This document was prepared by Lorrie Faith Cranor as an entry in the Encyclopedia of Computers and Computer History edited by Raul Rojas. It will be published by Fitzroy Dearborn in 2001.

Electronic Voting

Electronic voting refers to the use of computers or computerized voting equipment to cast ballots in an election. Sometimes this term is used more specifically to refer to voting that takes place over the Internet. Electronic systems can be used to register voters, tally ballots, and record votes.

Machine-readable ballot systems, in use since 1964, require voters to mark their votes on a paper card with a pencil or marker, or remove divots from a perforated card with a stylus or mechanical hole puncher. The ballot cards may be taken to a centralized computer center to be scanned and tallied, or they may be scanned and tallied at each polling place.

Direct-recording electronic voting machines (DRE) require voters to use a keyboard, touch screen, or pointer to mark their ballot on a computer terminal. The votes are immediately added to a running tally. The original DRE machines were simply electronic implementations of the traditional mechanical lever machines. Some more recent DRE models look more like automated teller machines or personal computers and have the ability to display photographs as well as text.

During the 1990s, some non-governmental organizations began conducting elections using personal computers connected to the Internet or private networks. Because of the widespread availability of computers on university campuses, many universities found this to be a convenient way for students to elect student government representatives. Some professional societies began using Internet voting to elect their officers, and some corporations began offering Internet voting as an option for shareholders to cast proxy votes.

In August 1996, the Reform Party became the first US political party to use Internet voting (along with telephone and postal mail voting) to select a Presidential candidate. Over 2000 voters voted via the Internet. In January 2000, 35 voters cast their ballots over the Internet in the Alaska Republican party's Presidential straw poll. The first large-scale binding governmental election to be conducted online was the 2000 Arizona Democratic primary, in which 39,942 voters cast their votes over the Internet. No security problems were reported; however, the system proved unusable for a large numbers of voters, including many Macintosh computer users and visually impaired voters who rely on screen-reading software.

Internet voting may be conducted in a variety of ways. Some Internet voting systems simply transfer ballots from local precincts to centralized tallying centers. Other systems allow voters to vote from any computer connected to the Internet. Such Internet vote-from-home systems may be used in place of polling place voting, or they might be used only for absentee balloting. Internet vote-from-home systems are appealing in that they can eliminate the expenses associated with setting up and staffing polling places, make voting more convenient for voters who have computers at home or work, and eliminate the need for separate absentee ballot systems. Encryption technology can be used to help ensure that votes cast over the Internet remain secure and private. Internet vote-from-home systems, however, raise many of the concerns associated with absentee balloting and vote-by-mail systems, including concerns about people being influenced or forced to vote a certain way and concerns about people selling their right to vote. Critics have also questioned whether Internet voting systems might serve to further disenfranchise minority communities that tend to have little or no Internet access. And questions remain about the security of Internet voting systems and the feasibility of verifying that they perform properly.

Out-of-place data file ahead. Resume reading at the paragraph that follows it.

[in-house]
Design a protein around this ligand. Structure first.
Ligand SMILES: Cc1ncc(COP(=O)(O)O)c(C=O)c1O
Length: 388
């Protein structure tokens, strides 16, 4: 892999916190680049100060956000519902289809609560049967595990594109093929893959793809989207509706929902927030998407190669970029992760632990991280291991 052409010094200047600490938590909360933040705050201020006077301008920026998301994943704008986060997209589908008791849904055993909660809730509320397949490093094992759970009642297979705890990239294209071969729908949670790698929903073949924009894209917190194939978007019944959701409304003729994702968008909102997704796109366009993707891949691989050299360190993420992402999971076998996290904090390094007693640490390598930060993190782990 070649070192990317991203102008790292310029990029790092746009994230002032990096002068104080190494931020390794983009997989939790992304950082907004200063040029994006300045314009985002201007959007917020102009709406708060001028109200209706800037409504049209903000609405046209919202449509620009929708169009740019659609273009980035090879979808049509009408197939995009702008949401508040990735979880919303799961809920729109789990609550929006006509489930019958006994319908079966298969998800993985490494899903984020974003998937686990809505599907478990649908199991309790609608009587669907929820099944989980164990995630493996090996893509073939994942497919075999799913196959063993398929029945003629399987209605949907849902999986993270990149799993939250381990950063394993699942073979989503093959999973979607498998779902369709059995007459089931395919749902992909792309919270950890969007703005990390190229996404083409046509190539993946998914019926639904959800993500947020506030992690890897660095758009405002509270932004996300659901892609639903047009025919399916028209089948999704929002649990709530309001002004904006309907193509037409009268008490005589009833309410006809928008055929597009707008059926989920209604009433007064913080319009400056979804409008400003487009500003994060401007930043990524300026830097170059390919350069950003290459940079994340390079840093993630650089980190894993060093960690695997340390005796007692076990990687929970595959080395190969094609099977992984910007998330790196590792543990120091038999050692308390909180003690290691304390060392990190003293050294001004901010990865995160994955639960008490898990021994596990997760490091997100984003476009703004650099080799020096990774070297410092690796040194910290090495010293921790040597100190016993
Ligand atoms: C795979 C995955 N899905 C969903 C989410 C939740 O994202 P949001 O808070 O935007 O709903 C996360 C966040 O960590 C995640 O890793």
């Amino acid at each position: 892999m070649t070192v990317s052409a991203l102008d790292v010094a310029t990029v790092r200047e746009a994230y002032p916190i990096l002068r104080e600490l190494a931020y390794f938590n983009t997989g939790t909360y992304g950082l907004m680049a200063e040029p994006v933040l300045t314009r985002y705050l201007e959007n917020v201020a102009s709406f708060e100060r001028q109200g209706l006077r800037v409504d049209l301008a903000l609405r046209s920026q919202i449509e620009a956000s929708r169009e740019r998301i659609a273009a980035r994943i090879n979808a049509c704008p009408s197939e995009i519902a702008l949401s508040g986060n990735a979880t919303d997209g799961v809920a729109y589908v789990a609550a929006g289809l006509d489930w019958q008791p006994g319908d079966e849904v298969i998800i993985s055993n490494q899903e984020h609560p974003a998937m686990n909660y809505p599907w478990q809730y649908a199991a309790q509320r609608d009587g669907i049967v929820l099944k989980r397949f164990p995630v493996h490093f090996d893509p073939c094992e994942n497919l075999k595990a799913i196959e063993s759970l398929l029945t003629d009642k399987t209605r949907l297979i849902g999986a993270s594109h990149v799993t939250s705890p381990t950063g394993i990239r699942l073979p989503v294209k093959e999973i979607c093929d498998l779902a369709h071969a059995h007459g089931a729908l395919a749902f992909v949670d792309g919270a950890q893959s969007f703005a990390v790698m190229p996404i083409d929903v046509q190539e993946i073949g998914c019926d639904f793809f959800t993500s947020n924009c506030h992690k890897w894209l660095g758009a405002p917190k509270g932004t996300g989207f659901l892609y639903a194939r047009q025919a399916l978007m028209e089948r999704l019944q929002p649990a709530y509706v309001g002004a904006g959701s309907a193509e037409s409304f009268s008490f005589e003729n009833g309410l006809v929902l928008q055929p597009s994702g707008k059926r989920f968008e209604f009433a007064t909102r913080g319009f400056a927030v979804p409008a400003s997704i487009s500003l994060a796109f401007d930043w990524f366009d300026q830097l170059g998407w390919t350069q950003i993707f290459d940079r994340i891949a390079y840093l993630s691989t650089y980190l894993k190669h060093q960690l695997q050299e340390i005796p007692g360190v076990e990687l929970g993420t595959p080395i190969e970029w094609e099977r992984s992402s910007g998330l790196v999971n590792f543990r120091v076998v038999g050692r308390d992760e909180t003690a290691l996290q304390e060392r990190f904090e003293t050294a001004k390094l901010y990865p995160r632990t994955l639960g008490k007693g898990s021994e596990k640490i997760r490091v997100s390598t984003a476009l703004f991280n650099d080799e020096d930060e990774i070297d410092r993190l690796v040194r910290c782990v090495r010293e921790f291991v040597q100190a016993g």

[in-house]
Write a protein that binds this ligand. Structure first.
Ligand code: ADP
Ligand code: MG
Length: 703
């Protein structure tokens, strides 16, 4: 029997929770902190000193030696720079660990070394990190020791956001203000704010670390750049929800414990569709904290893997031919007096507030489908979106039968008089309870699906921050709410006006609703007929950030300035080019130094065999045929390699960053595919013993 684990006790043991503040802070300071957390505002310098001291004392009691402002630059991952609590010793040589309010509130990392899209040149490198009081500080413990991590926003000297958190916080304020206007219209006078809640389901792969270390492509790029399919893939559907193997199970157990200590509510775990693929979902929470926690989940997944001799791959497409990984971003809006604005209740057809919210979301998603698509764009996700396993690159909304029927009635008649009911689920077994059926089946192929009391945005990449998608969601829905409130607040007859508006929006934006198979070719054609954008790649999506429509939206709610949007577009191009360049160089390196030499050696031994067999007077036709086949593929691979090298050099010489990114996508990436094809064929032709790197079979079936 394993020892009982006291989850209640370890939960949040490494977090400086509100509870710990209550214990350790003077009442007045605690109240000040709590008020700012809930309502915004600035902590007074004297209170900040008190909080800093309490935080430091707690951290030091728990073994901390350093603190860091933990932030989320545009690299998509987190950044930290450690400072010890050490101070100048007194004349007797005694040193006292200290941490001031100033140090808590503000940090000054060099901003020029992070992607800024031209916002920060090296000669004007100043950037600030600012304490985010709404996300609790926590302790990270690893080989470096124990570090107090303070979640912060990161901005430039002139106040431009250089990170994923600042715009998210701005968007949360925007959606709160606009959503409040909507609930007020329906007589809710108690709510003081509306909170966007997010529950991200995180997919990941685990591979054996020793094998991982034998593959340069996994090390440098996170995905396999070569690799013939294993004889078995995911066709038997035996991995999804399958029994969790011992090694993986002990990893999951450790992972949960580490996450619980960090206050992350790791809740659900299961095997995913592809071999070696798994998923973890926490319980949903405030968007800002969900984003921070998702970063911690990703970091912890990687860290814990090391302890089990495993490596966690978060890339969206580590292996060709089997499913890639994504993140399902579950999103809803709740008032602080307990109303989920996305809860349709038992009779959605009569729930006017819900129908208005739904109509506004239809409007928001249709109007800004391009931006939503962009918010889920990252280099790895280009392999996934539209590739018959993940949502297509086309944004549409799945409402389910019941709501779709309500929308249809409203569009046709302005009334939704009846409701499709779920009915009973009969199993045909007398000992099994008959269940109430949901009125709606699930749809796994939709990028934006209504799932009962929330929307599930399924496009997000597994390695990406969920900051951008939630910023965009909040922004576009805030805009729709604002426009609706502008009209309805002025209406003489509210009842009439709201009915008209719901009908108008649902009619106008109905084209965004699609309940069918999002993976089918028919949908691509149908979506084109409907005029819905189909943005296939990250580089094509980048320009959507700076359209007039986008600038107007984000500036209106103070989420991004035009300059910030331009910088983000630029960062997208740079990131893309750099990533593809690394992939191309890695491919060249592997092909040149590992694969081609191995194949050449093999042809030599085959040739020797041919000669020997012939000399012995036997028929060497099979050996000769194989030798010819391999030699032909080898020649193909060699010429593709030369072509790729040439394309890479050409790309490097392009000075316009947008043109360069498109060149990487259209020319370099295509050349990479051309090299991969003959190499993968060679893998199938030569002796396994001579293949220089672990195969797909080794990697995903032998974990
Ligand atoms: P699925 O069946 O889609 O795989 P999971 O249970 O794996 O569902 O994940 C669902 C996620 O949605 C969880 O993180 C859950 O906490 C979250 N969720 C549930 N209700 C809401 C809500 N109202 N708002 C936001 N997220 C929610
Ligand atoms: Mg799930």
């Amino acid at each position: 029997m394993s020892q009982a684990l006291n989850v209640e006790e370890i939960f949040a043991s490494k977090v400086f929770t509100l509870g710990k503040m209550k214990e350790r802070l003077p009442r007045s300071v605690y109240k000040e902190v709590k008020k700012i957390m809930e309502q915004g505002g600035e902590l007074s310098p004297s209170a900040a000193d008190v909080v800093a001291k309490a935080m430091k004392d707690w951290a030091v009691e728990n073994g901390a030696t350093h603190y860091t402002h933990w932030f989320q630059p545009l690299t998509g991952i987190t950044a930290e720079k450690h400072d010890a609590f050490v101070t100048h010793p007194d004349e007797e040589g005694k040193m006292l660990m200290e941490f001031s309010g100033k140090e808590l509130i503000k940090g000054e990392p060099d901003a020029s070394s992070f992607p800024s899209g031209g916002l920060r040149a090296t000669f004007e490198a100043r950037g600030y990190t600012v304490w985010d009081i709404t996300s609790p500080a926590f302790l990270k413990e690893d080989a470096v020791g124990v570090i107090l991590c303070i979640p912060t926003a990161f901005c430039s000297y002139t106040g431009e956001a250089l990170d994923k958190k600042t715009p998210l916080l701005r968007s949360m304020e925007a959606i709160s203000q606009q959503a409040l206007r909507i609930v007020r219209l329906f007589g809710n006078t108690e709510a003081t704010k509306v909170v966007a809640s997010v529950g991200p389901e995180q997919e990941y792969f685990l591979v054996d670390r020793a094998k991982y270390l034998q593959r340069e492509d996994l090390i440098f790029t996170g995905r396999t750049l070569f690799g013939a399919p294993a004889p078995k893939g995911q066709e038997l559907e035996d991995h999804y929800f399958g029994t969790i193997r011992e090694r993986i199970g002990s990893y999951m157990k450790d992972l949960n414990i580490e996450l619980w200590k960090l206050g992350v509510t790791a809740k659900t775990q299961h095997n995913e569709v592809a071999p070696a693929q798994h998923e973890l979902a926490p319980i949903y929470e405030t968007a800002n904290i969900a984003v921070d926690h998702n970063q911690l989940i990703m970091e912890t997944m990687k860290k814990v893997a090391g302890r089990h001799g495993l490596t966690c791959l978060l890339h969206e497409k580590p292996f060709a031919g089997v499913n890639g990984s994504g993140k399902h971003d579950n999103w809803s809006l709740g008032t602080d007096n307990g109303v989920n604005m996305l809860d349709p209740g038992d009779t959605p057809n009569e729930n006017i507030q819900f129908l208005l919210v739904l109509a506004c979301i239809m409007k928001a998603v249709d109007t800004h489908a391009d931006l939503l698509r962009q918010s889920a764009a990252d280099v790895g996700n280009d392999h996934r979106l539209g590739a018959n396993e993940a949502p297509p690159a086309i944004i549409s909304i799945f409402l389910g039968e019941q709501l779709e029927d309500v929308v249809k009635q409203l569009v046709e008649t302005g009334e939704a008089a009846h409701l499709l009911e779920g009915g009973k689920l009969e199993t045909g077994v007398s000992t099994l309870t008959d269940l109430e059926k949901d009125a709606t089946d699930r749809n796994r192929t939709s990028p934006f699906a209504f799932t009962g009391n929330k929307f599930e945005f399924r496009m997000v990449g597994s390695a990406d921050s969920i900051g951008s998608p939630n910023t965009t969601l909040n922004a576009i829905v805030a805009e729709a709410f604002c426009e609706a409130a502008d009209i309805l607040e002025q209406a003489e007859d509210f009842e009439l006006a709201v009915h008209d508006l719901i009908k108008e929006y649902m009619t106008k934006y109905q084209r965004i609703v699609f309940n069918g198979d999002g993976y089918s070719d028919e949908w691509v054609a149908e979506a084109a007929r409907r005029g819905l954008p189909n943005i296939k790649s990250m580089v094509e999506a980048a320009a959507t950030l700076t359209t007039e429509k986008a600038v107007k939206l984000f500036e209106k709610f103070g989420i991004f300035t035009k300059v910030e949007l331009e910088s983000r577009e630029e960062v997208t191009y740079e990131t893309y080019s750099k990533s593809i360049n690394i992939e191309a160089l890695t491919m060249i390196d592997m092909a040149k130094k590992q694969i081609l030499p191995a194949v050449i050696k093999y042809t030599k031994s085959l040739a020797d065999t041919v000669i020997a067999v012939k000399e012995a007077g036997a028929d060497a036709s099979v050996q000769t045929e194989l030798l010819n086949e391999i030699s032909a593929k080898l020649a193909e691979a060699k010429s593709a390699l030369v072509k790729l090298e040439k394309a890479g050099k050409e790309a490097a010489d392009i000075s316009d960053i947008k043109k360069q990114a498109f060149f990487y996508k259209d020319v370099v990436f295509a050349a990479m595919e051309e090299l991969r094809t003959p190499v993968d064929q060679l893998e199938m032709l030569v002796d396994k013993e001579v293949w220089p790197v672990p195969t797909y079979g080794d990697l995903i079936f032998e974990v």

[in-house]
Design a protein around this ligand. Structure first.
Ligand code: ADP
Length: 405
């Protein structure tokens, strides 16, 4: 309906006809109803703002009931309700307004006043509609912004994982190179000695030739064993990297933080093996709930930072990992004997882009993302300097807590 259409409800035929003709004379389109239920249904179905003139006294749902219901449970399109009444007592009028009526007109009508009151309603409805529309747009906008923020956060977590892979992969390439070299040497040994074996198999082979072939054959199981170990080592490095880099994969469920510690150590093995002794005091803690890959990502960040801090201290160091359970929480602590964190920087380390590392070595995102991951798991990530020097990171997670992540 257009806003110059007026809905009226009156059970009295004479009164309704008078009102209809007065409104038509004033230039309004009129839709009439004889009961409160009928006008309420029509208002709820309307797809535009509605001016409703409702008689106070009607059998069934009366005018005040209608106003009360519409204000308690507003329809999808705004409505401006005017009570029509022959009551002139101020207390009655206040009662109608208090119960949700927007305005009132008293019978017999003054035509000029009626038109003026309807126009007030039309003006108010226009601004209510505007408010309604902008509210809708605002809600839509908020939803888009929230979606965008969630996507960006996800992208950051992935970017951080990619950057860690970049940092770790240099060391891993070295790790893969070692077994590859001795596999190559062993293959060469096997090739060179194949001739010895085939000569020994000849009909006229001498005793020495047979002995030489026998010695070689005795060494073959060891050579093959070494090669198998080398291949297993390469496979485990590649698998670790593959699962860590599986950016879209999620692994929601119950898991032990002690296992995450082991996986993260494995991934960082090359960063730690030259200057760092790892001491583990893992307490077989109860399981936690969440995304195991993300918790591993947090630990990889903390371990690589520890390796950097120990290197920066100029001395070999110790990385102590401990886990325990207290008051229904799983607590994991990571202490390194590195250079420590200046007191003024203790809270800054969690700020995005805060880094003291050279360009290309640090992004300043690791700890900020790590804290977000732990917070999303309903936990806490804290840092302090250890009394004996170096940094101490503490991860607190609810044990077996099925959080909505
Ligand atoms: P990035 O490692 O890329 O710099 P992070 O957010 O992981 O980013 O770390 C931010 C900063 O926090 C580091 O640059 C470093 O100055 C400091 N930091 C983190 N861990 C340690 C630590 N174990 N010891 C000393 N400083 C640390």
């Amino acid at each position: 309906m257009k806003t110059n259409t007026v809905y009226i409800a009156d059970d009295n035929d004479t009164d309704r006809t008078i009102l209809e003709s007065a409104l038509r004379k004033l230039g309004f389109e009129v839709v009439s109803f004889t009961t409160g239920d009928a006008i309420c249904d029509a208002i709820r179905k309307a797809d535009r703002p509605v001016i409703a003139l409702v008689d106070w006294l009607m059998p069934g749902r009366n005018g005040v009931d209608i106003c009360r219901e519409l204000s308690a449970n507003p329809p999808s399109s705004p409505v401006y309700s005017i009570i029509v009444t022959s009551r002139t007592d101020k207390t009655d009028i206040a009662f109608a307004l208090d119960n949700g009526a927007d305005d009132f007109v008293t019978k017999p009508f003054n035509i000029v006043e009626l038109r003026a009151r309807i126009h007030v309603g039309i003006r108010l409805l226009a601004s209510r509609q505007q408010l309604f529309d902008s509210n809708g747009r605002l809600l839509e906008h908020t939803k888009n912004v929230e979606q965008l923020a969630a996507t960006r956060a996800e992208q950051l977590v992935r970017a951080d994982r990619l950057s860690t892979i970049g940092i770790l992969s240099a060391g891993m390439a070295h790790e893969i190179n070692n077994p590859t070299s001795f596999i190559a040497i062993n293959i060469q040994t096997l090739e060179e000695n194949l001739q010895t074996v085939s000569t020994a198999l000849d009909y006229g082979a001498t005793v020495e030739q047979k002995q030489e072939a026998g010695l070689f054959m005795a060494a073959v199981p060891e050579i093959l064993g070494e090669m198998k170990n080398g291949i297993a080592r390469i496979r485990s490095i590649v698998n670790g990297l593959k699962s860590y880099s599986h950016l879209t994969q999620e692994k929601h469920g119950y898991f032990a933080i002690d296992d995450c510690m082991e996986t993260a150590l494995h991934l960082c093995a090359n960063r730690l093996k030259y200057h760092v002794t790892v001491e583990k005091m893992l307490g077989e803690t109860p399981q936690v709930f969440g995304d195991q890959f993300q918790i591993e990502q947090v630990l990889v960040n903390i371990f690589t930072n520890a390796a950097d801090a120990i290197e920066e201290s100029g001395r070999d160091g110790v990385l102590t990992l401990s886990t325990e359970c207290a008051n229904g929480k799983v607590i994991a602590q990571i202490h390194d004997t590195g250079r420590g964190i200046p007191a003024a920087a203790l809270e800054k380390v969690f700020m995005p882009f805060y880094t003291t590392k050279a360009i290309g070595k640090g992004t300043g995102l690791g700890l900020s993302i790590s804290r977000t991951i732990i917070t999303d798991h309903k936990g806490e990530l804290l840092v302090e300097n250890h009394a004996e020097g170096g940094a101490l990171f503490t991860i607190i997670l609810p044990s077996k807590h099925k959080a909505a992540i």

Electronic voting -- and especially Internet voting -- has the potential to reduce the costs associated with running elections and increase participation in elections. It may also make voting more accessible to people with disabilities, allowing them to vote from home and use equipment that can accommodate their special needs. However, ensuring the security and integrity of online elections poses many new challenges for election administrators.


California Internet Voting Taskforce. "A Report on the Feasibility of Internet Voting." January, 2000.

Lorrie Faith Cranor. "Electronic Voting." Crossroads 2.4 April 1996.

Derek Dictson and Dan Ray, "The Modern Democratic Revolution: An Objective Survey of Internet-based Elections." January 18, 2000,

Lance J. Hoffman. "Internet voting: will it spur or corrupt democracy?" Proceedings of the tenth conference on Computers, freedom privacy: challenging the assumptions, 2000, Pages 219 - 223.

Deborah Phillips, "Are We Ready for Internet Voting?"

R. G. Saltman, Accuracy, Integrity, and Security in Computerised Vote-Tallying (Washington: U.S. Department of Commerce, 1998).

-- Lorrie Faith Cranor